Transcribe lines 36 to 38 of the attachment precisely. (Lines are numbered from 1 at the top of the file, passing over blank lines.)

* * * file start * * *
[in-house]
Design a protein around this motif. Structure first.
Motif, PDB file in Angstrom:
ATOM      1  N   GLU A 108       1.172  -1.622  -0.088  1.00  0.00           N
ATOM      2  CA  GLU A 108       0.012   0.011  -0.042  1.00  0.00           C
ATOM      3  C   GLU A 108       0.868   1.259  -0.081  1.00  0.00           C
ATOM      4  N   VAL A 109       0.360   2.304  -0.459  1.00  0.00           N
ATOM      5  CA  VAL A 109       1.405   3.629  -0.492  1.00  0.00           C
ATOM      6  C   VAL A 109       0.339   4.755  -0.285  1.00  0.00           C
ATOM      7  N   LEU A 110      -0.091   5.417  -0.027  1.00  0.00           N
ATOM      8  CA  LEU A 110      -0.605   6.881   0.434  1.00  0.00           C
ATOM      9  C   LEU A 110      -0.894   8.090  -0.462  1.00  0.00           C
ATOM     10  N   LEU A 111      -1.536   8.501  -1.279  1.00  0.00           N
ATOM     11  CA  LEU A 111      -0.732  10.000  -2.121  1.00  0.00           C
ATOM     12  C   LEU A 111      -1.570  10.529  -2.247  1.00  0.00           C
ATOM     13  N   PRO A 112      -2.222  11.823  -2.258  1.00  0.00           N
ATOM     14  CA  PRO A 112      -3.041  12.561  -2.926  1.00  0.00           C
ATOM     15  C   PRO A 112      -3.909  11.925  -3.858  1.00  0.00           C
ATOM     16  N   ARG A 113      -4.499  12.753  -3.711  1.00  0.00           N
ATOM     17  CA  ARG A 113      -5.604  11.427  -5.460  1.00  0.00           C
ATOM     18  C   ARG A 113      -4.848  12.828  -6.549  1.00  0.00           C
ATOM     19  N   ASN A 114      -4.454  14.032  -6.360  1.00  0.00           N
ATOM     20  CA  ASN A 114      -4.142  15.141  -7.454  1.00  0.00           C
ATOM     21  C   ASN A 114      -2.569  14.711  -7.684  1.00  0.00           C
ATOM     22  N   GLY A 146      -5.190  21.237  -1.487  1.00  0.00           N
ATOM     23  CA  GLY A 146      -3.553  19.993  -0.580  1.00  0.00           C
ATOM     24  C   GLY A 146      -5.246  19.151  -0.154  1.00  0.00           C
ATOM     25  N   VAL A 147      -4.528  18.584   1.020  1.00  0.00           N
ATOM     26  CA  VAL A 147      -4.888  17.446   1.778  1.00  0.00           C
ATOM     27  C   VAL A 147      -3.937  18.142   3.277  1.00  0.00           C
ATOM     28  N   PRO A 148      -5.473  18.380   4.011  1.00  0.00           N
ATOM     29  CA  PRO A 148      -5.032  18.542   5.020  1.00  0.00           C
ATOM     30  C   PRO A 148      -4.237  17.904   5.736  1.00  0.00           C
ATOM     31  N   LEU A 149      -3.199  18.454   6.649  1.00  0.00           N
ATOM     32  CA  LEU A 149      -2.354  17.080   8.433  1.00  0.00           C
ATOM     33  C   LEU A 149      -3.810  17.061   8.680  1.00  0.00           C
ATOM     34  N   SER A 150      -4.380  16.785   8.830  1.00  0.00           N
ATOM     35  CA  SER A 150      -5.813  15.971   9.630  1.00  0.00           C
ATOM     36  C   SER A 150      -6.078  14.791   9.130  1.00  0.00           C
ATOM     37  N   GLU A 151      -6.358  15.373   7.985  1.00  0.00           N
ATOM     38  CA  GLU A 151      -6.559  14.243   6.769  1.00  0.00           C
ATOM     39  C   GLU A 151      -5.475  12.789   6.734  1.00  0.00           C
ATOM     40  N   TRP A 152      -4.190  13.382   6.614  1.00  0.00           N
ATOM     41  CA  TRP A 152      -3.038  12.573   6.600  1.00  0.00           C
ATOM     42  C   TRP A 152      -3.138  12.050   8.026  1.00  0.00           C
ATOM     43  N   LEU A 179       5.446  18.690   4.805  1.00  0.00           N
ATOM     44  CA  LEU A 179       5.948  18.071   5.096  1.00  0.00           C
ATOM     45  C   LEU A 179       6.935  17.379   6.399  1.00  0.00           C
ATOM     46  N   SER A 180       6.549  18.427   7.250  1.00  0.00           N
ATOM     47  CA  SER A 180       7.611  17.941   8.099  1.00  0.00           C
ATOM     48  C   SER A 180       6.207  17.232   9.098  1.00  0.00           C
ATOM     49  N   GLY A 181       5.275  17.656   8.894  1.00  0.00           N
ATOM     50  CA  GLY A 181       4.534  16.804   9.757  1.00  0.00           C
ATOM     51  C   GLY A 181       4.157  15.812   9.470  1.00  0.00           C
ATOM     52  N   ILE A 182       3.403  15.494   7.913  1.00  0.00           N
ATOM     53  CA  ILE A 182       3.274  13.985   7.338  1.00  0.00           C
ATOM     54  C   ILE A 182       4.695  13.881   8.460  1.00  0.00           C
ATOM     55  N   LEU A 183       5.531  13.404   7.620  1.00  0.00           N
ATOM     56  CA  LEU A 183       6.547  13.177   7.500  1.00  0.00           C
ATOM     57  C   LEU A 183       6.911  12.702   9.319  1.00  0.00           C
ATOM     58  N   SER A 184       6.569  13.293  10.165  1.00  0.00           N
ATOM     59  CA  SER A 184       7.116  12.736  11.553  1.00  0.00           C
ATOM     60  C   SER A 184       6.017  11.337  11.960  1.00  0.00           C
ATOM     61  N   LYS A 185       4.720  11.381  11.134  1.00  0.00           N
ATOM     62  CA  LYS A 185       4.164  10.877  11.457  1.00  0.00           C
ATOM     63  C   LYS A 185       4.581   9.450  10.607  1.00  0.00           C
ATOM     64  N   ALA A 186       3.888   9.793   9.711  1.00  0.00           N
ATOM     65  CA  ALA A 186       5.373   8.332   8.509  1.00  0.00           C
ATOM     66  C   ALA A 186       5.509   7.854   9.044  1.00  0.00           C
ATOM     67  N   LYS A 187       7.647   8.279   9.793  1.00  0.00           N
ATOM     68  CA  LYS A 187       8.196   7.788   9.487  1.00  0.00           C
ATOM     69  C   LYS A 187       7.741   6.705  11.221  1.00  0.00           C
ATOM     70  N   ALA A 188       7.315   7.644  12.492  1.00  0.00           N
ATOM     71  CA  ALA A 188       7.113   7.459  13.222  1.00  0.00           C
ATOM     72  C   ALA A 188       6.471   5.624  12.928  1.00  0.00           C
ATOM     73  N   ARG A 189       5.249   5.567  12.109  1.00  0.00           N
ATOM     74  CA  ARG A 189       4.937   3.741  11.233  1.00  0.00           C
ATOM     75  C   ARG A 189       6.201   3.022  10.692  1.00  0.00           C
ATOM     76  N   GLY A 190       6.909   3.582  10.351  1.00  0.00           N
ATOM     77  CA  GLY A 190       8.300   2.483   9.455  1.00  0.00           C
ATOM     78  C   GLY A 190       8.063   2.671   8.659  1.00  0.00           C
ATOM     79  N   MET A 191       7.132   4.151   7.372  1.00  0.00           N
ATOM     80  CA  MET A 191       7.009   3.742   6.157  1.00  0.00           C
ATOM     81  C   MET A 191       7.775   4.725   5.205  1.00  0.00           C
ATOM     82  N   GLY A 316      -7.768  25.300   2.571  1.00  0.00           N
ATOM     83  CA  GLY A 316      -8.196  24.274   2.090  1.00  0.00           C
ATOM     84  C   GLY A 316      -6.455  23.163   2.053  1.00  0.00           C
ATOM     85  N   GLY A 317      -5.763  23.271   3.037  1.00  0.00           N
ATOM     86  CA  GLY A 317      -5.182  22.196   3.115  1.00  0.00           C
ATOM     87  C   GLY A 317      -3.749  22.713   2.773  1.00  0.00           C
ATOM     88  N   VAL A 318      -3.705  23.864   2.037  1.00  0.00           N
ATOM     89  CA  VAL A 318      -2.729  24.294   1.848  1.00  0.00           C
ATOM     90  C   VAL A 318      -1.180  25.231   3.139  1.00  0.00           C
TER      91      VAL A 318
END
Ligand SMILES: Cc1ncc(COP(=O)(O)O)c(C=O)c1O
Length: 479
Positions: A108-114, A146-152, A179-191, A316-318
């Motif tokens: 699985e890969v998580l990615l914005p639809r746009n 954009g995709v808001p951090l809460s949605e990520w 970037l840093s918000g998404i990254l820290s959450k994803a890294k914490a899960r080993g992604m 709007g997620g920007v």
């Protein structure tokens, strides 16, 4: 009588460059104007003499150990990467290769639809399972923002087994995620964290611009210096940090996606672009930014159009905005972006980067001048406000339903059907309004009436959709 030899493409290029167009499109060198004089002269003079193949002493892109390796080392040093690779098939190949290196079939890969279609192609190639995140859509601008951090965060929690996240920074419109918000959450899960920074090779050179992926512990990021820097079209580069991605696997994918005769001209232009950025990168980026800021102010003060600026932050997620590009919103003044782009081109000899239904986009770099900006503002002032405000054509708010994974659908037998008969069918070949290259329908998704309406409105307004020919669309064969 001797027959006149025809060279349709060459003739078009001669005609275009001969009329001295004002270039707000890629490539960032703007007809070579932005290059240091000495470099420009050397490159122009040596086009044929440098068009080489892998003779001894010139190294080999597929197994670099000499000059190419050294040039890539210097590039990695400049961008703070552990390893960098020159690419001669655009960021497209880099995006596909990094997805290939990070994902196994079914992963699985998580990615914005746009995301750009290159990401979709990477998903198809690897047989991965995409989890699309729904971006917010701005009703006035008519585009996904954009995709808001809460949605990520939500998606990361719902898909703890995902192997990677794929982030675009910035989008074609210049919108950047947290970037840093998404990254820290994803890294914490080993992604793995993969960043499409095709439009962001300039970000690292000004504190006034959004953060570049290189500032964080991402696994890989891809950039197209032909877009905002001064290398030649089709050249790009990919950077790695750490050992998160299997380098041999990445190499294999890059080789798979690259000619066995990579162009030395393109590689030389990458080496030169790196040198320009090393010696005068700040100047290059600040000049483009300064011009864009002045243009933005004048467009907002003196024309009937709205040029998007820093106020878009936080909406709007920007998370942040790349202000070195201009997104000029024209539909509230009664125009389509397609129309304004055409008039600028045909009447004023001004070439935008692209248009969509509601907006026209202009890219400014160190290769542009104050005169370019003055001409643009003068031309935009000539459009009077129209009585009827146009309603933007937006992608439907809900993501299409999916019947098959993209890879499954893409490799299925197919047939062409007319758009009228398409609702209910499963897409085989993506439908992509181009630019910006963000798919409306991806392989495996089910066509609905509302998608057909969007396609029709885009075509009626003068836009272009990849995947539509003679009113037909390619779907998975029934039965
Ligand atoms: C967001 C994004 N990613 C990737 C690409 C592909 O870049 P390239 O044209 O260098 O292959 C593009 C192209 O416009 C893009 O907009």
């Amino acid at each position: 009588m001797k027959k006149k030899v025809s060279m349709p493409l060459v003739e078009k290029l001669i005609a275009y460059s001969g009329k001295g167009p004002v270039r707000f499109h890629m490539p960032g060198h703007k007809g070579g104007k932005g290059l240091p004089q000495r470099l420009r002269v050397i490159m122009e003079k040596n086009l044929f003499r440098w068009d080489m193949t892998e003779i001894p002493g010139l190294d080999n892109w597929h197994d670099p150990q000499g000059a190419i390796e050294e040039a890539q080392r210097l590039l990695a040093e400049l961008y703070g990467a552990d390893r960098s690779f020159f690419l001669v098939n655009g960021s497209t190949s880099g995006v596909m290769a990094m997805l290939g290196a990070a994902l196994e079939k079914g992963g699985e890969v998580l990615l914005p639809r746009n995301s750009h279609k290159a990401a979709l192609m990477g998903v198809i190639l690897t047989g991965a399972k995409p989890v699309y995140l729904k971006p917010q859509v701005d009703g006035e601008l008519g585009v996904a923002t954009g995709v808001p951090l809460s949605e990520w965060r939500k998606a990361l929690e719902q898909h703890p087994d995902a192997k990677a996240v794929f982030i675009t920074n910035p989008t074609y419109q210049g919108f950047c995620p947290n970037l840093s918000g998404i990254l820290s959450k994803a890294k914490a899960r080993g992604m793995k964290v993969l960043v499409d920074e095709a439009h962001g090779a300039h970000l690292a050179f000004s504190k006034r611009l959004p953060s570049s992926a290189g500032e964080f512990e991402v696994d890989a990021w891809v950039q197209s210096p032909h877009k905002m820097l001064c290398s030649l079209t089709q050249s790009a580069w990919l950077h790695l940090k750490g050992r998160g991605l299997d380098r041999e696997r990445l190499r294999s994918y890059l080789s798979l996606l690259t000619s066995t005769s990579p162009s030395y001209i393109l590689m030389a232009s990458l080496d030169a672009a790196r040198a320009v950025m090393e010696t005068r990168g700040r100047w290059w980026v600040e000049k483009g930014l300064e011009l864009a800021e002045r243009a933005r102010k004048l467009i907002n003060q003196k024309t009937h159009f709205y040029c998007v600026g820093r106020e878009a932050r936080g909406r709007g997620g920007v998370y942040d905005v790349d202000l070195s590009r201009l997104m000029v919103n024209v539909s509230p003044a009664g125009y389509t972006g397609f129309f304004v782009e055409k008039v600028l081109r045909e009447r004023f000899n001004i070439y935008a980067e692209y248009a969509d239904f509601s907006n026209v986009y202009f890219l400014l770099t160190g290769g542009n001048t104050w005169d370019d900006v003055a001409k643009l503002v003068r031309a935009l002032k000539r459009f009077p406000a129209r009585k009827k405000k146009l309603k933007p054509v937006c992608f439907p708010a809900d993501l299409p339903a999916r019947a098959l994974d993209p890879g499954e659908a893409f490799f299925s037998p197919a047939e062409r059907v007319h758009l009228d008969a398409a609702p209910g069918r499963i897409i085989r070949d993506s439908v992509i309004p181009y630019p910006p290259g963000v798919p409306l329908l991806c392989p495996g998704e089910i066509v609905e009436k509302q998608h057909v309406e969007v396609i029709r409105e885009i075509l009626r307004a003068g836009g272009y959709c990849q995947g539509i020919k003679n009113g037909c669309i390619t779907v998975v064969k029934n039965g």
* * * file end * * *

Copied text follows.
ATOM     33  C   LEU A 149      -3.810  17.061   8.680  1.00  0.00           C
ATOM     34  N   SER A 150      -4.380  16.785   8.830  1.00  0.00           N
ATOM     35  CA  SER A 150      -5.813  15.971   9.630  1.00  0.00           C